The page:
This is a nice feature. However, many people may find that Scopus has incorrect information about the papers they have written, particularly those with a common surname. If you have papers in Scopus it would be a good idea to carry out an author search for yourself to check your profile and use the Request author detail corrections link under Follow this author if you find mistakes. You may find that papers you wrote have been linked to another author so it is worth while to check.

    More information is available from the Scopus blog.

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  • Environment DigiMap

    DigiMap menu highlighting Environment

    We have free access to Environment DigiMap for a year.  When you go into DigiMap you will find that Environment is now an active option on the menu along with Ordnance Survey.  However, you will need to register for the Environment service even if you have already registered for the Ordnance Survey so expect to be taken to a registration form the first time you try to use it. It can take up to 2 days for your registration to become active.

    Environment DigiMap contains land use datasets from the Centre for Ecology and Hydrology for the years 1990, 2000 and 2007.  Land is classified into types such as sea and inland waters, bare, suburban and urban areas, arable farmland, pastures and meadows, rough grass, grass heaths and moors, bracken, dwarf shrub heaths and moorland, scrub, deciduous and evergreen woodland and upland and lowland bogs.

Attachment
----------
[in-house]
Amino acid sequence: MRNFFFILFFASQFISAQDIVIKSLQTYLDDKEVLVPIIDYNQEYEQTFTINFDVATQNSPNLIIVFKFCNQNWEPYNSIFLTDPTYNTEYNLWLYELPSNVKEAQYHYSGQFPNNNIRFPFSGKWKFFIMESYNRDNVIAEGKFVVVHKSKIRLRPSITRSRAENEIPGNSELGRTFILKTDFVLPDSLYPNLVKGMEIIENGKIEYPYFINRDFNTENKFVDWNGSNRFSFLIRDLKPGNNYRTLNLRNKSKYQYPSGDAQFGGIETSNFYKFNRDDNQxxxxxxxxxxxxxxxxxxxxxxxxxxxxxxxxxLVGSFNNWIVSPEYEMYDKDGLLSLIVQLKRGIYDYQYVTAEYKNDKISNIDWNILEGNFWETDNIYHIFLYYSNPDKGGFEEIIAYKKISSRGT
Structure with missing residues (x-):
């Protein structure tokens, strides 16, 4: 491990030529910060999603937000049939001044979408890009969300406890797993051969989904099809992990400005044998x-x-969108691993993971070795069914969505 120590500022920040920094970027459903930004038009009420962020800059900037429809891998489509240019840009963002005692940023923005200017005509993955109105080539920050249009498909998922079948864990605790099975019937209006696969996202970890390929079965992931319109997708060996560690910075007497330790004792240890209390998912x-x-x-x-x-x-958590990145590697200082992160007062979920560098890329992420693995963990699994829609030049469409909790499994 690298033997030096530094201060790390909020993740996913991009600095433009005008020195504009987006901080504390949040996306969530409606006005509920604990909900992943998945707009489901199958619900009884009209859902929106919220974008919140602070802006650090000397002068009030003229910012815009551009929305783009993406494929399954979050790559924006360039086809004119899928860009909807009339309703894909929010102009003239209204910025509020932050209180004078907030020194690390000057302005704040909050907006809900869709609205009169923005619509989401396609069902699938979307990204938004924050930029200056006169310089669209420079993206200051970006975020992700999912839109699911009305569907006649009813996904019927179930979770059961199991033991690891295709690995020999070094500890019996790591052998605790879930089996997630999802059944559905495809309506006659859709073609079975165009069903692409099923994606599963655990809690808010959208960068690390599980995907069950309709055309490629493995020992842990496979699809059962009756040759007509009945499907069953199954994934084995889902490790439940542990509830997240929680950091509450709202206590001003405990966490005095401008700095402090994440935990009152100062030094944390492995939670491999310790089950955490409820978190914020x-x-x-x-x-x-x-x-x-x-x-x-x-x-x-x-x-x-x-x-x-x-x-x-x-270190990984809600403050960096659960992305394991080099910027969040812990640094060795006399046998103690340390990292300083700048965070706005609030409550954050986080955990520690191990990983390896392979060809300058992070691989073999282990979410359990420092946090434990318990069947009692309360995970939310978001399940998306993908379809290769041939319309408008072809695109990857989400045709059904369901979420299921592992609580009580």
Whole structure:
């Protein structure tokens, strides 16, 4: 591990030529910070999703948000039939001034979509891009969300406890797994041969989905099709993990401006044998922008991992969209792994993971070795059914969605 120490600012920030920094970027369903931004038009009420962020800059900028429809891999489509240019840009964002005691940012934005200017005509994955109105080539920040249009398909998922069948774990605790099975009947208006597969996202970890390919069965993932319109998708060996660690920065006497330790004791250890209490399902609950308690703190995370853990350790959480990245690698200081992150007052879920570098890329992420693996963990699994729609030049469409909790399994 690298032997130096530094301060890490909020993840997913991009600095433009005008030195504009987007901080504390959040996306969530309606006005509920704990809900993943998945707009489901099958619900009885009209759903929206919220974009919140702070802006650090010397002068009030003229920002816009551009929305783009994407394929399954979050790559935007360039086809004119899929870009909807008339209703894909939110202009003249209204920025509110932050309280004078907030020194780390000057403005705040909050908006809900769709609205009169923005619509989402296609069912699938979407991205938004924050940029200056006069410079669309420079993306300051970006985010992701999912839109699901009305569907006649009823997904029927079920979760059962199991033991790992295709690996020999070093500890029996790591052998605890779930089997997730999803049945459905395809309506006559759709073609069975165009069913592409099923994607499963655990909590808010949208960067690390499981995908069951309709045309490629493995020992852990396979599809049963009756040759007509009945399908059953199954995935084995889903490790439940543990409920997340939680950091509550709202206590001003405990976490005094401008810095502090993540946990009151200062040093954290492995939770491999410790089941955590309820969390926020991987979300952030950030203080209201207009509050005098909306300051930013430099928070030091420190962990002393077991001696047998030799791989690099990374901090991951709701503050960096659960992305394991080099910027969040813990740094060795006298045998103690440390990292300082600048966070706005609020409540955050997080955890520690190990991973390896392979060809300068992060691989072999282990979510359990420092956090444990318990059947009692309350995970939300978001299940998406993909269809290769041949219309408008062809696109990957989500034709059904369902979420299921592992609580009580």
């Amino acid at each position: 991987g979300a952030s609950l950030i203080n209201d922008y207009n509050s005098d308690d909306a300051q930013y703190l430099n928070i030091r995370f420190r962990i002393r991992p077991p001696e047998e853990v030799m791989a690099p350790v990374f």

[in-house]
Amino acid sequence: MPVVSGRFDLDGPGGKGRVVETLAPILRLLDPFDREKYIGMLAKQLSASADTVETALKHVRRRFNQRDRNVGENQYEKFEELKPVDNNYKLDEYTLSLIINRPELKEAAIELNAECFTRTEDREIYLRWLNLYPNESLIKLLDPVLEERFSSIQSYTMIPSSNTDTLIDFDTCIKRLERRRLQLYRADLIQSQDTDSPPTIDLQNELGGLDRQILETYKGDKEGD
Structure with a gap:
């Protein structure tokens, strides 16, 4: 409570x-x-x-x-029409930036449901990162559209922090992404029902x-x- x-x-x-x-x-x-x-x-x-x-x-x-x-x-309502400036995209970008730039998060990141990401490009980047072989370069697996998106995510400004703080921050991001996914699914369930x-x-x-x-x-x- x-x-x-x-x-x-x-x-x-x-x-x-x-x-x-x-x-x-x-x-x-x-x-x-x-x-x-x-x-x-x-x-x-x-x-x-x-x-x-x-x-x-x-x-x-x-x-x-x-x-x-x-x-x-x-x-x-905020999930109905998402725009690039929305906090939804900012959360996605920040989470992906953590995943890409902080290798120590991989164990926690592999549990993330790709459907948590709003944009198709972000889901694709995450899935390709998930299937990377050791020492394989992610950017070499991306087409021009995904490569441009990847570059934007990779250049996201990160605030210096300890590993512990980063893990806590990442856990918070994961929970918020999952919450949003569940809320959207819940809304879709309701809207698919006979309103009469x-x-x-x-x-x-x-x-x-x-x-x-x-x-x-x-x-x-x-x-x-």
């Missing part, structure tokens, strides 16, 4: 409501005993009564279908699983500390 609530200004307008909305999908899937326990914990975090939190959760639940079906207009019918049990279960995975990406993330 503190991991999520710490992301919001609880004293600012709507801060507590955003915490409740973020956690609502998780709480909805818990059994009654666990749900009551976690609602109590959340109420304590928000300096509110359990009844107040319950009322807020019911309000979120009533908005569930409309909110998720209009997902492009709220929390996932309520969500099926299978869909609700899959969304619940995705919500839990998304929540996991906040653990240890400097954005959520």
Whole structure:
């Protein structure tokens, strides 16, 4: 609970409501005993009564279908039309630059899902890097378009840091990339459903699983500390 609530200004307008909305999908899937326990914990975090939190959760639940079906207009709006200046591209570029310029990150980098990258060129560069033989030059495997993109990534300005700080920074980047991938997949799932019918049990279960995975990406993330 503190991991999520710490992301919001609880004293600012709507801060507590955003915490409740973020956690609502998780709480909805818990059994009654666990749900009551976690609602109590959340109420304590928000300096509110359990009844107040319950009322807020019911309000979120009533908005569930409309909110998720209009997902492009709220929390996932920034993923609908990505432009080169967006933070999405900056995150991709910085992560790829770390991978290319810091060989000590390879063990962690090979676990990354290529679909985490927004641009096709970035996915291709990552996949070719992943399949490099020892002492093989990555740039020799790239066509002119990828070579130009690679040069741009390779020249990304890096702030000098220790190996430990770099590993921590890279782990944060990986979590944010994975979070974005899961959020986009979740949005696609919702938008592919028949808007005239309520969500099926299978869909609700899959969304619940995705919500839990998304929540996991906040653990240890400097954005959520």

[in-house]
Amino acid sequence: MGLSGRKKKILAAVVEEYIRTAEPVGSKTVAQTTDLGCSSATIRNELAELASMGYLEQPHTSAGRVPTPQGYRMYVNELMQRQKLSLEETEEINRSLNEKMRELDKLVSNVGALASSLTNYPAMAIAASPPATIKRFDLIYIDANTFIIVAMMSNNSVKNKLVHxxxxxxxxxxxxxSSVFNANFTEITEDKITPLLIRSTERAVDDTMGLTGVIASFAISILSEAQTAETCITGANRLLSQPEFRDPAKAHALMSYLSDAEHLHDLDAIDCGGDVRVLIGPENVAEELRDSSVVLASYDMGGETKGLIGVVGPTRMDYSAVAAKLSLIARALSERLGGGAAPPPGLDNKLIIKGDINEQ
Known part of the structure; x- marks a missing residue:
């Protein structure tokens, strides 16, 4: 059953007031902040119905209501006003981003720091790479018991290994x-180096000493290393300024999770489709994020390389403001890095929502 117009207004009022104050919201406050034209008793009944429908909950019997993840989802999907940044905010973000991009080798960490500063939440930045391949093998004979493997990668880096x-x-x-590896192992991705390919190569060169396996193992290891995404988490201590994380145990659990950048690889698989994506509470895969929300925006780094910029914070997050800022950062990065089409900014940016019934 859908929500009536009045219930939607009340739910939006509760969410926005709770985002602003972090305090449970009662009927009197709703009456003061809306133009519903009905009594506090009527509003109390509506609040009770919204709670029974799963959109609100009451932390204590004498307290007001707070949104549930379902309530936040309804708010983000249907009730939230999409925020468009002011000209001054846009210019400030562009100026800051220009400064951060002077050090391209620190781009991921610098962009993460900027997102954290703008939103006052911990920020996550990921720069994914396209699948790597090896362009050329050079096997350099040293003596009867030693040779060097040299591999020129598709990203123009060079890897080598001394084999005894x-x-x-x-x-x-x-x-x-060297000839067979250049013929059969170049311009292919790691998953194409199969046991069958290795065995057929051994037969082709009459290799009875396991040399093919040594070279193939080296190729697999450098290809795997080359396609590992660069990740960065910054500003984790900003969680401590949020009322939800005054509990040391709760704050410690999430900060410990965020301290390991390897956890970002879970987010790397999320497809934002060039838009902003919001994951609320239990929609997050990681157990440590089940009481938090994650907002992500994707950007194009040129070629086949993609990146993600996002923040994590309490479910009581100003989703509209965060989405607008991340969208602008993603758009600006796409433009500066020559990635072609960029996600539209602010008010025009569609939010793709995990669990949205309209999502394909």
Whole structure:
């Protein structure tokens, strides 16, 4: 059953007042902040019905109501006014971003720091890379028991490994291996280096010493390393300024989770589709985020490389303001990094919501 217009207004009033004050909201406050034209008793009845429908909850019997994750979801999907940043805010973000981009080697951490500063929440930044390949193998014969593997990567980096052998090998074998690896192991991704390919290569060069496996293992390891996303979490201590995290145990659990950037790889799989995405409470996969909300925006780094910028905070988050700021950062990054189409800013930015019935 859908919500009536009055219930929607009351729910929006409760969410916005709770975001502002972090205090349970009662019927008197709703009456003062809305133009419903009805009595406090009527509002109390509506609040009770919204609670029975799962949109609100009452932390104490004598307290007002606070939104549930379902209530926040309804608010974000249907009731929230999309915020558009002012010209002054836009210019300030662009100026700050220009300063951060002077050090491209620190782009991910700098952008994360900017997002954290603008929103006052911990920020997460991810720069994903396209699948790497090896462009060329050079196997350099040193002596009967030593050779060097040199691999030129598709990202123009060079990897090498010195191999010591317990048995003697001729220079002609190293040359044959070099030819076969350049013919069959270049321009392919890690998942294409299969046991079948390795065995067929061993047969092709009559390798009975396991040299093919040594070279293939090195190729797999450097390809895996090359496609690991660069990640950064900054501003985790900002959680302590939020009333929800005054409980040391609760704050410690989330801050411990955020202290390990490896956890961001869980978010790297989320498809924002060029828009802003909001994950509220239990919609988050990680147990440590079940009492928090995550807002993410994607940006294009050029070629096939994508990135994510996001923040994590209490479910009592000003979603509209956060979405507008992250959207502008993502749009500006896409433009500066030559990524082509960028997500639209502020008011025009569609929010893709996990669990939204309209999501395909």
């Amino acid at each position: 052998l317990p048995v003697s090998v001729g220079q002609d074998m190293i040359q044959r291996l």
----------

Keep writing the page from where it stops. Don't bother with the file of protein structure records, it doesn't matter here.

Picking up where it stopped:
The information in these datasets has been used for various purposes such as considering the environmental impact of new development, planning telecommunication lines and detecting changing land cover. The help pages in the database give more information about the data.

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  • Changes to Web of Science / Web of Knowledge this weekend

    Web of Science will be upgraded this weekend and the interface given a new simpler look. You will still be able to do the same searches but may find that options have moved. We will provide updated guides as soon as possible. One improvement is that it will be easy to spot open access articles which are free for anyone to access.

    The name Web of Knowledge for the collection of databases will be dropped and the whole system will be known as Web of Science. The databases we usually think of as Web of Science will be known as the Core Collection.

    You can find more detail in the release notes at or view a preview of the new features at

    There may be a brief period of disruption on Sunday afternoon / early Monday morning while the upgrade takes place.